Young people typically in the United States flop around in the labor market in short-term, low-skilled, low-benefit jobs until their mid-twenties, often with probing questions about what's wrong. In fact, there is usually nothing wrong -- it's how our system works. They typically don't settle into good career-track jobs until nearly ten years later than their European counterparts. In fact, most employers of note, employers with career-type jobs that you might want to stay with, don't hire young men until their mid-twenties. They consciously stay away from employing young men, black or white, as not having gone through a maturation process that they find suitable. They prefer to let smaller firms do the breaking-in. It's kind of a rough and ready process. It's not very efficient. It's pretty costly, both personally and, I think, in economic terms.
What can we learn then from other societies that seem to do a much better job on school- to-work transition? Let me say, first and foremost, that when asked this, I'm not saying that we ought to be doing this the German way, or the Danish way, or the Japanese way. In fact, the Canadian Competitiveness Commission did a very powerful study which laid out many successful approaches. What's really critical is that the approach is coherent; that it's consistent with the education and the economic system; that it's clear to people how they get from one place to another. We lack a system. We excel internationally in terms of being innovators, building individual model programs that are absolutely wonderful. They are usually done by exceptional individual leadership, often kind of pioneering efforts, that fail to deliver to the kids in the next school, or in the next neighborhood, or next county, or next state.
One of the central features of successful international systems is that they are universal and systematic. We have layers and layers programs; a situation I call this program gridlock. In the federal government we have about 90 different employment training programs in 16 different agencies involving about 16 billion dollars. State government is equally divided. It's impossible for someone seeking training, or for an employer seeking workers, to know who to work with under what circumstances. Our programs are typically built around special population groups -- young people, poor people, returning veterans, dislocated workers, refugees, women returning to the workforce. An employer is not looking for a dislocated worker or a refugee, they are looking for someone with a certain set of skills and capacities to bring to their firm. From other countries, we could learn to be more systematic.
Another very central issue is that we have a low expectation education system by international standards. It shows up in every international comparison. The United States comes up thirteenth or fourteenth in most international comparisons. We have a second rate education system when it comes to achievement. We are an international innovator in creating an educational system that was universally available, but not in creating a system that effectively links school-to-work. The United States does some of the best social science and learning research in the world, and from it, we know that student performances vary enormously by the expectations directed at them. As parents, as employers, we are not expecting enough from our schools. It's a central and difficult issue.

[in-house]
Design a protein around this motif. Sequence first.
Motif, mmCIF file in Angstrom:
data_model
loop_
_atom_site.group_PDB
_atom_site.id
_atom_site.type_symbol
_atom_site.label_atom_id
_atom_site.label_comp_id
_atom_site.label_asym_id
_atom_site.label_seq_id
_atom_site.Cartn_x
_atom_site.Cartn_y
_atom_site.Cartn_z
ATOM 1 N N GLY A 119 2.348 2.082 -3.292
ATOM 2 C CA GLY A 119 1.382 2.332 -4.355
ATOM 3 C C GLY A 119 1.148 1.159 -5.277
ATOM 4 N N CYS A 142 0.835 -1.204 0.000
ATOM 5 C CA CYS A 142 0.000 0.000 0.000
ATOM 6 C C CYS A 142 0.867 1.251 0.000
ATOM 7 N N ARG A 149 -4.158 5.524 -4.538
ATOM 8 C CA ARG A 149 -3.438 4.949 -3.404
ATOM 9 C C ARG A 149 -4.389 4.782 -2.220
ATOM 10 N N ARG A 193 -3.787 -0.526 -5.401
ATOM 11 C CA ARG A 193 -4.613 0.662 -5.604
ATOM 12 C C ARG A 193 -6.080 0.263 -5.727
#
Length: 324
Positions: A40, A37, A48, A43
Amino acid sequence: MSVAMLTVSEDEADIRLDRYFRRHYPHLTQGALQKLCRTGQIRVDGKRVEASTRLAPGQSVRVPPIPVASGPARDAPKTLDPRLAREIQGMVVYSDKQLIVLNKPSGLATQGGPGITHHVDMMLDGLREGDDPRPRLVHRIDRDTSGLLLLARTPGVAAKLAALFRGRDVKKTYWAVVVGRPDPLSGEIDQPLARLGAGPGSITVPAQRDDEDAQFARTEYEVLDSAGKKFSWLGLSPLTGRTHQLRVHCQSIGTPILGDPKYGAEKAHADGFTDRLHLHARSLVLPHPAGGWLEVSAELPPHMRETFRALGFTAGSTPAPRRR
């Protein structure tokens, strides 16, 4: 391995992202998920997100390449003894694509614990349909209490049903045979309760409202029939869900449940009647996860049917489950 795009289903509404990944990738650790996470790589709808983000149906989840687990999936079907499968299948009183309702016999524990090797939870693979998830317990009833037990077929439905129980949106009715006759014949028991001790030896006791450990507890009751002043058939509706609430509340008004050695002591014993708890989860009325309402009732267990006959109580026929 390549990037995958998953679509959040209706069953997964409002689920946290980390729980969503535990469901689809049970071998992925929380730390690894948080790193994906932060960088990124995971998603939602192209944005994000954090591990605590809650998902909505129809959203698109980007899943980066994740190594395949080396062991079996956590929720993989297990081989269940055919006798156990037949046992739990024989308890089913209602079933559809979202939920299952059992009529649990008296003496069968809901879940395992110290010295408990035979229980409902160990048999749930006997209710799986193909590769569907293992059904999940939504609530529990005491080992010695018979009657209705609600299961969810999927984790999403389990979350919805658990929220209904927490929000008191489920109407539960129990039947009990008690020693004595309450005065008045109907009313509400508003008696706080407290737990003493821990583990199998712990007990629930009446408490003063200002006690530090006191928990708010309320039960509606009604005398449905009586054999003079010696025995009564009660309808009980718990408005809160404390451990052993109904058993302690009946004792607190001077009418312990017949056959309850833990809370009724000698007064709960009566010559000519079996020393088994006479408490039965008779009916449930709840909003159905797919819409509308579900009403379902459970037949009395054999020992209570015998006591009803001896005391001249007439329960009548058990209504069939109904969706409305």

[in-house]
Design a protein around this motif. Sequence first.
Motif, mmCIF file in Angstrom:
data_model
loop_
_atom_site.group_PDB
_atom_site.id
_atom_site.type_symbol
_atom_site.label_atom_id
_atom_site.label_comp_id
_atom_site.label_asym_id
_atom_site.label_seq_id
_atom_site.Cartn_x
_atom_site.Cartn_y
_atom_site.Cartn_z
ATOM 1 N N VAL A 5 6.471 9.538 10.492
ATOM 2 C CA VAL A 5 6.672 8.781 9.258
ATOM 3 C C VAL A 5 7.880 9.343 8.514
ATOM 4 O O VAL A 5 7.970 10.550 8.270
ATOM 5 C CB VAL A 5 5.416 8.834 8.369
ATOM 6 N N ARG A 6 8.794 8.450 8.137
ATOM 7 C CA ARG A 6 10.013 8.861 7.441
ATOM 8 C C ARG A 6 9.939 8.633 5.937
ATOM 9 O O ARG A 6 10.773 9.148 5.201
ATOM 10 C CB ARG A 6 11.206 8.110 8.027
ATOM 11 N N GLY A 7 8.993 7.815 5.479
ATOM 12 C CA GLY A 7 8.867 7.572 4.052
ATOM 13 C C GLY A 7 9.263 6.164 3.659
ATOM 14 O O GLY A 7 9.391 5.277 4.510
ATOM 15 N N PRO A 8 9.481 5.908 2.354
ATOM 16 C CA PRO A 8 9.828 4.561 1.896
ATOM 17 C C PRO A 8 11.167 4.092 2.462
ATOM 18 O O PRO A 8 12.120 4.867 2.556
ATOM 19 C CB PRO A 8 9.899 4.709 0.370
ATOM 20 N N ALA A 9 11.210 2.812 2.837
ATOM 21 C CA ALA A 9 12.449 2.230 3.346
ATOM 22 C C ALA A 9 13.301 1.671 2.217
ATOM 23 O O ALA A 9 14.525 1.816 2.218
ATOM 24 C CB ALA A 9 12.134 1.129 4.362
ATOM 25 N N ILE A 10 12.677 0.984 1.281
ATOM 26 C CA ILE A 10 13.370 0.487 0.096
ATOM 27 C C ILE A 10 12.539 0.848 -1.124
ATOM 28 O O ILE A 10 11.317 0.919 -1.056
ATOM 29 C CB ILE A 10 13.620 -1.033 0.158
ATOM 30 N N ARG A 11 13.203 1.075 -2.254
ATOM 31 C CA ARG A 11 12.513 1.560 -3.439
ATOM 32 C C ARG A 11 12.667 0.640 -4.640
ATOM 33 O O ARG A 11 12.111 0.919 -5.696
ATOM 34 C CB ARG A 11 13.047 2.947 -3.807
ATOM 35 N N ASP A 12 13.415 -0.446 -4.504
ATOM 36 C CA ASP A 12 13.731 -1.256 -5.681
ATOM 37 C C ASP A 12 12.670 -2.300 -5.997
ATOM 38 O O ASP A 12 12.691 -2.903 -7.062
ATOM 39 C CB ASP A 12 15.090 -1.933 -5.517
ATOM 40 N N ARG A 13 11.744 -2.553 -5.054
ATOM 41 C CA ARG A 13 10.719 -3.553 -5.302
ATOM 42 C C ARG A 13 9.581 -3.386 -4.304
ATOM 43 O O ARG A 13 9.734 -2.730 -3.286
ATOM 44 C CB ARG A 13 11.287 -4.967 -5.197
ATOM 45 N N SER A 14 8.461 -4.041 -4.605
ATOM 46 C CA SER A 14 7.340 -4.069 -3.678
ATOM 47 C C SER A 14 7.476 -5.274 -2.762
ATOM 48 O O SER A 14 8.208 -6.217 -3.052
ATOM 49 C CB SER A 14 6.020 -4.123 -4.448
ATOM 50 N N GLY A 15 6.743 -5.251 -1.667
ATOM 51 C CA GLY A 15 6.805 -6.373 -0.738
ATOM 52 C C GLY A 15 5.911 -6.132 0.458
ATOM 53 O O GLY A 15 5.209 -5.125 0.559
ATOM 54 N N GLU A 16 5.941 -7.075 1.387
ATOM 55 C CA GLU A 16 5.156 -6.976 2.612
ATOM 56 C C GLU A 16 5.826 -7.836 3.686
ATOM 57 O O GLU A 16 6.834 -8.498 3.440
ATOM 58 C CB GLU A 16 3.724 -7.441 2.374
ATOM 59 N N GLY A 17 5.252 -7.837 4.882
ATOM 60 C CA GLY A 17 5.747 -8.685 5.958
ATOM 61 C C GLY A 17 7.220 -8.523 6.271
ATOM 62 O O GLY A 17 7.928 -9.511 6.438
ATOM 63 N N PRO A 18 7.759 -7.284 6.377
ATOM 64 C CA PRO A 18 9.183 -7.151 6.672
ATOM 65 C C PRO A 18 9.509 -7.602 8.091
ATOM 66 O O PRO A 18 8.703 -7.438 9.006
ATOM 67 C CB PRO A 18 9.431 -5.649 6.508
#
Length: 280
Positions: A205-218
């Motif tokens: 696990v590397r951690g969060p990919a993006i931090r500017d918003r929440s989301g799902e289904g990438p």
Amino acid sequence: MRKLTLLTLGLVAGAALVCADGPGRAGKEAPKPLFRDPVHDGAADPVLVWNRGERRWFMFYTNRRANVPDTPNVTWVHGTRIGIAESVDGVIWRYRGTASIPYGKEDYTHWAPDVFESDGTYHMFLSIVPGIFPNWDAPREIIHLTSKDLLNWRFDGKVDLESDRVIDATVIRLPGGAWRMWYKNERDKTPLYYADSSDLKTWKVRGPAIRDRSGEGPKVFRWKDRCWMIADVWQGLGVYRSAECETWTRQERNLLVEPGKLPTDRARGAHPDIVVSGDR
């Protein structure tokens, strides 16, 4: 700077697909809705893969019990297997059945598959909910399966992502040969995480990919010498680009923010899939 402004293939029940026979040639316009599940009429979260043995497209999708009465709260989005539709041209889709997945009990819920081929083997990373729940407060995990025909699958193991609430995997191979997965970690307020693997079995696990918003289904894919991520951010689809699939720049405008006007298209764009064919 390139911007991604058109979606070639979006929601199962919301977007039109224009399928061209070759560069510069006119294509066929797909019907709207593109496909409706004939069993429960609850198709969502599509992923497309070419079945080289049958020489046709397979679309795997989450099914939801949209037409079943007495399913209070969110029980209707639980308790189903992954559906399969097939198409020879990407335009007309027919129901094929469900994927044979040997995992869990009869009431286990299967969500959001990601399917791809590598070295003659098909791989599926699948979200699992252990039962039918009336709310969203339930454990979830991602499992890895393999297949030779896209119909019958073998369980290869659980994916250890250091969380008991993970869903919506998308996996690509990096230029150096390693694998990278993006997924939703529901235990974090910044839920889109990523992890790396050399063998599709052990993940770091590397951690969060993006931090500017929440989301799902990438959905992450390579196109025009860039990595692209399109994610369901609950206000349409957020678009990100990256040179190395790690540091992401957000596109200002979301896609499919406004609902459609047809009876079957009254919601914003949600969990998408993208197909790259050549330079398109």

The role of adults is another matter of critical importance. One sees in the European systems that link school-to-work that adults are much more involved in the career guidance, in communication with the schools, and in designing standards. The role of a mentor in an apprenticeship program illustrates this. The mentor is the first person outside of parents, and outside of the school, that guides the young person on how do you handle the workplace. An apprenticeship in Denmark or Switzerland or Austria is not just narrow skill training. It is the broad end of education, and it is about socialization to work. A mentor will guide the apprentice on how to resolve conflicts within the workplace, how to deal with problems of authority, with peers, with completing tasks, with problem solving, with very important issues. These are the issues that employers face so often as they deal with young people when they come into the workplace. In American schools, the career guidance counselor ratio typically, at least in my own state, ranges anywhere from one guidance counselor to 300 or 600 students. It's likely the guidance counselors are doing scheduling, handing out information about colleges, and organizing some special programs for students with problems. There is very little genuine career guidance taking place in most American schools.
One of the huge differences in the United States is that incentives are not working in our schools. It is really only those students who are competing for the most selective schools who are really working hard at their own education. We have all kinds of evidence that suggests that this is the case. One of the differences is that performance doesn't matter and everybody knows it. If you go to a good school, you do have to work hard. If you go to an average school, you can kind of skate through and get by. Our admissions policies pretty much let everybody in and the sorting out process happens later. In places as diverse as Germany and Japan, employers ask to see transcripts. American employers rarely ask to see a diploma, much less a transcript from high school or junior high school. Students and their parents in other countries know that it matters how you do.